Book Review: all these things i’ve done

all these things i’ve done by Gabrielle Zevin (2011, Young Adult, 368 pages)

Set in a dystopian New York City, “all these things i’ve done” tells the story of Anya Balanchine, the 16 year old daughter of the city’s most famous, deceased mob boss.  In this future world, though, it isn’t booze or drugs that Anya’s Family runs, but another now-illegal commodity:  chocolate.  Anya’s story is part of coming of age, part mystery, part romance, and 100% made of awesome.

What makes the book tick (and work) so very effectively is Zevin’s excellent portrayal of Anya.  From the very first paragraph, this girl literally reaches off the page, grabs you by the lapels, and pulls you into her world.  The story is told in the first person, and Anya’s voice and worldview are fresh, distinctive, and endearing.  I found her an incredibly well-written protagonist – funny, loyal, pragmatic (but not without the occasional flair for the dramatic), and flawed.

Nominally under the guardianship of her ailing grandmother, Anya has been left to care for her younger sister and older brother (who is mentally unfit after narrowly surviving an assassination attempt that killed their mother).  Thus, the stakes in this story feel real and weighty.  The plot kicks into gear when Anya’s ex-boyfriend is poisoned by (you guessed it) chocolate he got from Anya.  Sent away to a chillingly horrid future-New York version of juvie, Anya must prove her innocence and protect her siblings.  All of which means getting drawn back into the Family’s illegal affairs.  Mixed into the intrigue is a budding and forbidden romance with the new DA’s son.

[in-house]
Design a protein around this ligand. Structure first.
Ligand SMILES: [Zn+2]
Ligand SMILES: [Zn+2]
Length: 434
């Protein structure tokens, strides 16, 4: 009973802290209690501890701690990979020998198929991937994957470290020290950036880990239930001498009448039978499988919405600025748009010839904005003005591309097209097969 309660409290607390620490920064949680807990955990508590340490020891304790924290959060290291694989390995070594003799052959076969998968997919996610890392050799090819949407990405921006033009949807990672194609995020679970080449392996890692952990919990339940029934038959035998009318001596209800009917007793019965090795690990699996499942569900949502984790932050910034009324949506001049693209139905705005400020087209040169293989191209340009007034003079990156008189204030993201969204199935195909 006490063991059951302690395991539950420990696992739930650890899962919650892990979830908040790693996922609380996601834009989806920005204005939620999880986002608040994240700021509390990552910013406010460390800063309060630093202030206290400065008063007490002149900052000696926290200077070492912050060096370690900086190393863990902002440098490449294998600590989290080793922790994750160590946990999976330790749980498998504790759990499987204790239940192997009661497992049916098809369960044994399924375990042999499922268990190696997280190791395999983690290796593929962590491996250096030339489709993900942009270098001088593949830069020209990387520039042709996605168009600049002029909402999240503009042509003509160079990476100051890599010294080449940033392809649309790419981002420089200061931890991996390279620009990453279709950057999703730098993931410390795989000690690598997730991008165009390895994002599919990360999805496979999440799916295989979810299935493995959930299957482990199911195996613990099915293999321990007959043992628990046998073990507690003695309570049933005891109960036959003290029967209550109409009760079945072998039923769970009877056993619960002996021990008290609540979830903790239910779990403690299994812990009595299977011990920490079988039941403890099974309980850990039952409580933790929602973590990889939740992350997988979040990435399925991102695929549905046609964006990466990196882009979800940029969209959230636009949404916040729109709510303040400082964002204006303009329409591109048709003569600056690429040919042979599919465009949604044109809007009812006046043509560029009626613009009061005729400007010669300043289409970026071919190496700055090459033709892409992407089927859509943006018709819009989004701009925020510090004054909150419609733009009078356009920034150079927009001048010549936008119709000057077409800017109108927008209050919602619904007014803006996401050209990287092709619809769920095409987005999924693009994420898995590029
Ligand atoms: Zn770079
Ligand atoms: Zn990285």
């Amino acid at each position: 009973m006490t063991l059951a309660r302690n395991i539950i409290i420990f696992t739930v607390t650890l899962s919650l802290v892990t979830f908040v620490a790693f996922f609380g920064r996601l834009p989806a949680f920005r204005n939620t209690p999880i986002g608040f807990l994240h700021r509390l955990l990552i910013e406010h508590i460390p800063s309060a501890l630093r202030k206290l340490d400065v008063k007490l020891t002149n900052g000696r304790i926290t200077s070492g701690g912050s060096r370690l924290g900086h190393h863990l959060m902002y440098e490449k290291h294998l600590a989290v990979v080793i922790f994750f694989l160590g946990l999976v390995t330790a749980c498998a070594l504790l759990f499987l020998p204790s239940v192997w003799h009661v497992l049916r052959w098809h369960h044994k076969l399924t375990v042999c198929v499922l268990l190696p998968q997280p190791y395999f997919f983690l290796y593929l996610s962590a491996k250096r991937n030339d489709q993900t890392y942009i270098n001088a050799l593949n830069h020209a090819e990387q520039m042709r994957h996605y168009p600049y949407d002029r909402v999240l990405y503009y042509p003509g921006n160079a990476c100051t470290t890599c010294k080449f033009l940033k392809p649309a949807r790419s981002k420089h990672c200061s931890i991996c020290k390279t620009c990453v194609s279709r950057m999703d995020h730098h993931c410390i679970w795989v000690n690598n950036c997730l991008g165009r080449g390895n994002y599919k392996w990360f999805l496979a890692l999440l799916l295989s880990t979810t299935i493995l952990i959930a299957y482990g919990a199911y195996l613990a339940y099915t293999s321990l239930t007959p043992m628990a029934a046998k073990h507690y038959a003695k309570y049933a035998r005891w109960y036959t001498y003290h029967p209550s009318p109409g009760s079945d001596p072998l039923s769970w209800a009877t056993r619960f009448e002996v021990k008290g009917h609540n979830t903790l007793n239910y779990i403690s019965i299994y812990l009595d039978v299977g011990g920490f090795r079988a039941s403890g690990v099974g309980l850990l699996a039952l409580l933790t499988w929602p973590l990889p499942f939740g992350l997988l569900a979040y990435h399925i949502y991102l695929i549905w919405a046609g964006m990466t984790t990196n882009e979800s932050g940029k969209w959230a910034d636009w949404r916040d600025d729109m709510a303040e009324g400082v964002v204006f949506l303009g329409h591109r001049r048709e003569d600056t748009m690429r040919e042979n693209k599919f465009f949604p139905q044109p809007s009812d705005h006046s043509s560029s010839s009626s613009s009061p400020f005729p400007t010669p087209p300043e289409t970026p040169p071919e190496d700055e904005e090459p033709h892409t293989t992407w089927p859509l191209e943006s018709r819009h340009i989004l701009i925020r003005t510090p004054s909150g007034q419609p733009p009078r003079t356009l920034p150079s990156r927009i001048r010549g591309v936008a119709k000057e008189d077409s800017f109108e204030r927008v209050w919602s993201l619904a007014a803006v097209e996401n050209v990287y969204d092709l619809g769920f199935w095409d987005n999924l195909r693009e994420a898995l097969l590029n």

Zevin takes a number of fairly familiar YA elements (dystopia, youth in peril, young love…also in peril) and manages to create something fresh and gripping.  This is partly due to a very authentically realized down-at-the-heels future New York, in which water is a vanishingly scarce resource — and one that is rationed along with most other natural resources (fabric, paper, food, etc.).  The success of “all these things i’ve done”, however, rests most squarely on the shoulders of its delightful heroine and her ferocious desire to do whatever it takes to keep her family together.

Gabrielle Zevin, please give me more.

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